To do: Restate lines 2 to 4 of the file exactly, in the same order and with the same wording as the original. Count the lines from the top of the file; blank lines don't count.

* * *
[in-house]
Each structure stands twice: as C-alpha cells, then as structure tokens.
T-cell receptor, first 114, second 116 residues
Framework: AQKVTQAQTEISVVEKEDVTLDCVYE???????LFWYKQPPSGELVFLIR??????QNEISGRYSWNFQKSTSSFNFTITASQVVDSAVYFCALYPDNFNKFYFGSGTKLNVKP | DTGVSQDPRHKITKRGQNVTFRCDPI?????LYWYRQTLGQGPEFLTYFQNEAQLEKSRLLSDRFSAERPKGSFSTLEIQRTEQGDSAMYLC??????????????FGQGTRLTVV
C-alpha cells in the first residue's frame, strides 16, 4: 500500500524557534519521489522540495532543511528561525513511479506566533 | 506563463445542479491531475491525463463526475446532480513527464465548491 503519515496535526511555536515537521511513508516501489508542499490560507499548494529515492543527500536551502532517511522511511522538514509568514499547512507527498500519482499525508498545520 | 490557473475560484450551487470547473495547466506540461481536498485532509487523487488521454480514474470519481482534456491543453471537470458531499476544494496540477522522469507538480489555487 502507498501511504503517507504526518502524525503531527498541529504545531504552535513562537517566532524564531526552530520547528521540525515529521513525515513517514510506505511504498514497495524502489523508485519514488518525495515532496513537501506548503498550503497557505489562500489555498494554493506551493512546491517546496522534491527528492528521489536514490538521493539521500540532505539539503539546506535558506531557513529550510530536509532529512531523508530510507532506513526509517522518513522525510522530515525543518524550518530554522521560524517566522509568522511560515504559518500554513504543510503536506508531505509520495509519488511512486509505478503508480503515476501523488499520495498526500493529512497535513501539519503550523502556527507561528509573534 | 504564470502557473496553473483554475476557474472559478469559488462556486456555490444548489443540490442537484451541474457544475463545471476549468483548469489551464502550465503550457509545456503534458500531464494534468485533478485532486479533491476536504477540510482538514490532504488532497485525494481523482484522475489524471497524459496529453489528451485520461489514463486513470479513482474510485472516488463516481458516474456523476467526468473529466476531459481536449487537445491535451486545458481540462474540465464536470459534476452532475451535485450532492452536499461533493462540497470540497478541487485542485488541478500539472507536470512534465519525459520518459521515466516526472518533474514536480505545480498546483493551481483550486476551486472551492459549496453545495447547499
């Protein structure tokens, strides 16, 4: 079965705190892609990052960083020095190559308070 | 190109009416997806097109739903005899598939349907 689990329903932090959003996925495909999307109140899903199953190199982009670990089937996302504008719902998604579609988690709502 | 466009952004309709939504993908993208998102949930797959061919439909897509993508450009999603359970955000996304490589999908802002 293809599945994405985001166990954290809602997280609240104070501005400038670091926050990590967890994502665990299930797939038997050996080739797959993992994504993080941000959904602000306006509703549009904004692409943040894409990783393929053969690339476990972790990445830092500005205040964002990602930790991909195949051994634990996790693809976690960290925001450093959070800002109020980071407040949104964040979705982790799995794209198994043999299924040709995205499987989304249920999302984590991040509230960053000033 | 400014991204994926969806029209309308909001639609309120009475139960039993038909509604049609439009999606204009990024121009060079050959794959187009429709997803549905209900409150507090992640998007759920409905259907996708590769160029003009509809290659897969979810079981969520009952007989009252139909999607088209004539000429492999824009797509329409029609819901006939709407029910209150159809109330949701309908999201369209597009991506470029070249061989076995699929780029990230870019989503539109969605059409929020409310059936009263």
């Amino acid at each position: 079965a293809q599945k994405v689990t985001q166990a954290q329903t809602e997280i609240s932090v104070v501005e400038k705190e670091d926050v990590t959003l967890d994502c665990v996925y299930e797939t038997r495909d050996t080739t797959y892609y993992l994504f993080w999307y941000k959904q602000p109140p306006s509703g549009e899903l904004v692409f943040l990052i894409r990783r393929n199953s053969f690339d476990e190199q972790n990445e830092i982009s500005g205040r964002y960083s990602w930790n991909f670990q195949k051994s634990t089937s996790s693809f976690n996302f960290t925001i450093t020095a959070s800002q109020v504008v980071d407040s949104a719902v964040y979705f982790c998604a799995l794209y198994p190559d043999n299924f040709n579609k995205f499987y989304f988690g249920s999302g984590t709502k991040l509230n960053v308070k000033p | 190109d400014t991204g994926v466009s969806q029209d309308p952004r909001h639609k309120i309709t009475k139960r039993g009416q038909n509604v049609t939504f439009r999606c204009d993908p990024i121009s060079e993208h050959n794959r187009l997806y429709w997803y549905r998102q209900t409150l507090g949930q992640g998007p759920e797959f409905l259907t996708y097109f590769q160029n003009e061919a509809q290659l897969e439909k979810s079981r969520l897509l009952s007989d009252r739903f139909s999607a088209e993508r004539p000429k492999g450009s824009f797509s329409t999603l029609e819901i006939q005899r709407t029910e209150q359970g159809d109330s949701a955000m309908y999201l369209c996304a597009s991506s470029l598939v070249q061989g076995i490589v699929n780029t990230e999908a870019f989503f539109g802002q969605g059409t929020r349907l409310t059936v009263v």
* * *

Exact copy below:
Each structure stands twice: as C-alpha cells, then as structure tokens.
T-cell receptor, first 114, second 116 residues
Framework: AQKVTQAQTEISVVEKEDVTLDCVYE???????LFWYKQPPSGELVFLIR??????QNEISGRYSWNFQKSTSSFNFTITASQVVDSAVYFCALYPDNFNKFYFGSGTKLNVKP | DTGVSQDPRHKITKRGQNVTFRCDPI?????LYWYRQTLGQGPEFLTYFQNEAQLEKSRLLSDRFSAERPKGSFSTLEIQRTEQGDSAMYLC??????????????FGQGTRLTVV